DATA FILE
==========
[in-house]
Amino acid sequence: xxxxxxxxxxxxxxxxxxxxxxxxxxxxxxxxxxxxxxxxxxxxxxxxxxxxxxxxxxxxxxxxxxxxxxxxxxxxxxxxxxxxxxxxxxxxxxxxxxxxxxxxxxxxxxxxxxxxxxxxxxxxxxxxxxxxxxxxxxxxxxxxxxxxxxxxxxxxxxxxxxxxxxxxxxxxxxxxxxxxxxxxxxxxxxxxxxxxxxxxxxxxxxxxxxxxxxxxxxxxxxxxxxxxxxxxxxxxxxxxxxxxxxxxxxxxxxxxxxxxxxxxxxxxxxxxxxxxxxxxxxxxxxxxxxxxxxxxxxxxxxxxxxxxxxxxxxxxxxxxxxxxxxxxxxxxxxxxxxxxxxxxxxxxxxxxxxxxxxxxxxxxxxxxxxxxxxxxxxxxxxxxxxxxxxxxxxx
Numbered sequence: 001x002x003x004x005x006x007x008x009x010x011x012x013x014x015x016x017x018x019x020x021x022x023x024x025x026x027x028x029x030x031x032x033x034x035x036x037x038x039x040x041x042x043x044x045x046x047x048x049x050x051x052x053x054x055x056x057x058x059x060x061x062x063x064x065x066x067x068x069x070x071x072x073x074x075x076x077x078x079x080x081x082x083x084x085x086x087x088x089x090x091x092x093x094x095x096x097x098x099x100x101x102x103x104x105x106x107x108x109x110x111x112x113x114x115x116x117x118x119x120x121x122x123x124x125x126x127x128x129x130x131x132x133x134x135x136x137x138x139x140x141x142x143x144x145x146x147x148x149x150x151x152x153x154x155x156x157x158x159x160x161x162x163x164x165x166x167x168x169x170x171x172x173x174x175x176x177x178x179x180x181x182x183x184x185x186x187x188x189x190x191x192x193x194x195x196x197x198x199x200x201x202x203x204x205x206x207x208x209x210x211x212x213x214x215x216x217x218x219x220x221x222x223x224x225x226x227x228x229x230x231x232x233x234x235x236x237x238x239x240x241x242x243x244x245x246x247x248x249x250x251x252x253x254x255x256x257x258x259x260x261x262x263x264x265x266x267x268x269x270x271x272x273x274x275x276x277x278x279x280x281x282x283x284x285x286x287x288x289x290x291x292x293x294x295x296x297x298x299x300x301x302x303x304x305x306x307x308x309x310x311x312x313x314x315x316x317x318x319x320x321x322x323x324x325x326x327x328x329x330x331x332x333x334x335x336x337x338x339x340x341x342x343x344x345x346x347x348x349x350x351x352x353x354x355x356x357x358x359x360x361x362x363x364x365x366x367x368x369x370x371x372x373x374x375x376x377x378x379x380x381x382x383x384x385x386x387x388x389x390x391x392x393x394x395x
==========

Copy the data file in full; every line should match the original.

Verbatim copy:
[in-house]
Amino acid sequence: xxxxxxxxxxxxxxxxxxxxxxxxxxxxxxxxxxxxxxxxxxxxxxxxxxxxxxxxxxxxxxxxxxxxxxxxxxxxxxxxxxxxxxxxxxxxxxxxxxxxxxxxxxxxxxxxxxxxxxxxxxxxxxxxxxxxxxxxxxxxxxxxxxxxxxxxxxxxxxxxxxxxxxxxxxxxxxxxxxxxxxxxxxxxxxxxxxxxxxxxxxxxxxxxxxxxxxxxxxxxxxxxxxxxxxxxxxxxxxxxxxxxxxxxxxxxxxxxxxxxxxxxxxxxxxxxxxxxxxxxxxxxxxxxxxxxxxxxxxxxxxxxxxxxxxxxxxxxxxxxxxxxxxxxxxxxxxxxxxxxxxxxxxxxxxxxxxxxxxxxxxxxxxxxxxxxxxxxxxxxxxxxxxxxxxxxxxx
Numbered sequence: 001x002x003x004x005x006x007x008x009x010x011x012x013x014x015x016x017x018x019x020x021x022x023x024x025x026x027x028x029x030x031x032x033x034x035x036x037x038x039x040x041x042x043x044x045x046x047x048x049x050x051x052x053x054x055x056x057x058x059x060x061x062x063x064x065x066x067x068x069x070x071x072x073x074x075x076x077x078x079x080x081x082x083x084x085x086x087x088x089x090x091x092x093x094x095x096x097x098x099x100x101x102x103x104x105x106x107x108x109x110x111x112x113x114x115x116x117x118x119x120x121x122x123x124x125x126x127x128x129x130x131x132x133x134x135x136x137x138x139x140x141x142x143x144x145x146x147x148x149x150x151x152x153x154x155x156x157x158x159x160x161x162x163x164x165x166x167x168x169x170x171x172x173x174x175x176x177x178x179x180x181x182x183x184x185x186x187x188x189x190x191x192x193x194x195x196x197x198x199x200x201x202x203x204x205x206x207x208x209x210x211x212x213x214x215x216x217x218x219x220x221x222x223x224x225x226x227x228x229x230x231x232x233x234x235x236x237x238x239x240x241x242x243x244x245x246x247x248x249x250x251x252x253x254x255x256x257x258x259x260x261x262x263x264x265x266x267x268x269x270x271x272x273x274x275x276x277x278x279x280x281x282x283x284x285x286x287x288x289x290x291x292x293x294x295x296x297x298x299x300x301x302x303x304x305x306x307x308x309x310x311x312x313x314x315x316x317x318x319x320x321x322x323x324x325x326x327x328x329x330x331x332x333x334x335x336x337x338x339x340x341x342x343x344x345x346x347x348x349x350x351x352x353x354x355x356x357x358x359x360x361x362x363x364x365x366x367x368x369x370x371x372x373x374x375x376x377x378x379x380x381x382x383x384x385x386x387x388x389x390x391x392x393x394x395x